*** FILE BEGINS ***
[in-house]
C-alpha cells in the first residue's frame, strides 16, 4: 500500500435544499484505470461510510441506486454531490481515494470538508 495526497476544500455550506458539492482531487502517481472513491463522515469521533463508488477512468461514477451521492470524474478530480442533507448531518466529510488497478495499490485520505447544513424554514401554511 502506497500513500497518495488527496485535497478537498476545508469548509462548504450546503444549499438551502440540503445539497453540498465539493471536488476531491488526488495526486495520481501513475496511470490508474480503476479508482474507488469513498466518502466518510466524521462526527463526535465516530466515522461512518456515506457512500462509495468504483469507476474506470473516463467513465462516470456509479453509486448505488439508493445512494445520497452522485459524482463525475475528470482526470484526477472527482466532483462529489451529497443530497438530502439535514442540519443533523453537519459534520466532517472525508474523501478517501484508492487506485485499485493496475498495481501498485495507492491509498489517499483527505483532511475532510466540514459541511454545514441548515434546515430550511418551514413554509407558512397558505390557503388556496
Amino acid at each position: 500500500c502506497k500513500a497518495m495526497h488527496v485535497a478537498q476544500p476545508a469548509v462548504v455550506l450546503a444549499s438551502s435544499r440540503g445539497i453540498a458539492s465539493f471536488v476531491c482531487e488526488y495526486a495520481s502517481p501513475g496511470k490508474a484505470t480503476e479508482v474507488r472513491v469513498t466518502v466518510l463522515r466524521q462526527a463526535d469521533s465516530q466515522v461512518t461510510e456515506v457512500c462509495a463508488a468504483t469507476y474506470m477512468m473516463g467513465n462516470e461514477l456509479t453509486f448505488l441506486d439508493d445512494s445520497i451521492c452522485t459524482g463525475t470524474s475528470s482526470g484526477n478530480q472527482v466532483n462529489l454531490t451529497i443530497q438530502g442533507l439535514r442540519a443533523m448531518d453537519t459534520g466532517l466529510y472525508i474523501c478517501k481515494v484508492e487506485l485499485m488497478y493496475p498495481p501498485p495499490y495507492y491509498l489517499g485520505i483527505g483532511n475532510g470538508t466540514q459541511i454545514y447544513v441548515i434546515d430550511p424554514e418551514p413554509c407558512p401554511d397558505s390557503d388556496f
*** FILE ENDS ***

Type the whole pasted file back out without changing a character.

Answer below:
[in-house]
C-alpha cells in the first residue's frame, strides 16, 4: 500500500435544499484505470461510510441506486454531490481515494470538508 495526497476544500455550506458539492482531487502517481472513491463522515469521533463508488477512468461514477451521492470524474478530480442533507448531518466529510488497478495499490485520505447544513424554514401554511 502506497500513500497518495488527496485535497478537498476545508469548509462548504450546503444549499438551502440540503445539497453540498465539493471536488476531491488526488495526486495520481501513475496511470490508474480503476479508482474507488469513498466518502466518510466524521462526527463526535465516530466515522461512518456515506457512500462509495468504483469507476474506470473516463467513465462516470456509479453509486448505488439508493445512494445520497452522485459524482463525475475528470482526470484526477472527482466532483462529489451529497443530497438530502439535514442540519443533523453537519459534520466532517472525508474523501478517501484508492487506485485499485493496475498495481501498485495507492491509498489517499483527505483532511475532510466540514459541511454545514441548515434546515430550511418551514413554509407558512397558505390557503388556496
Amino acid at each position: 500500500c502506497k500513500a497518495m495526497h488527496v485535497a478537498q476544500p476545508a469548509v462548504v455550506l450546503a444549499s438551502s435544499r440540503g445539497i453540498a458539492s465539493f471536488v476531491c482531487e488526488y495526486a495520481s502517481p501513475g496511470k490508474a484505470t480503476e479508482v474507488r472513491v469513498t466518502v466518510l463522515r466524521q462526527a463526535d469521533s465516530q466515522v461512518t461510510e456515506v457512500c462509495a463508488a468504483t469507476y474506470m477512468m473516463g467513465n462516470e461514477l456509479t453509486f448505488l441506486d439508493d445512494s445520497i451521492c452522485t459524482g463525475t470524474s475528470s482526470g484526477n478530480q472527482v466532483n462529489l454531490t451529497i443530497q438530502g442533507l439535514r442540519a443533523m448531518d453537519t459534520g466532517l466529510y472525508i474523501c478517501k481515494v484508492e487506485l485499485m488497478y493496475p498495481p501498485p495499490y495507492y491509498l489517499g485520505i483527505g483532511n475532510g470538508t466540514q459541511i454545514y447544513v441548515i434546515d430550511p424554514e418551514p413554509c407558512p401554511d397558505s390557503d388556496f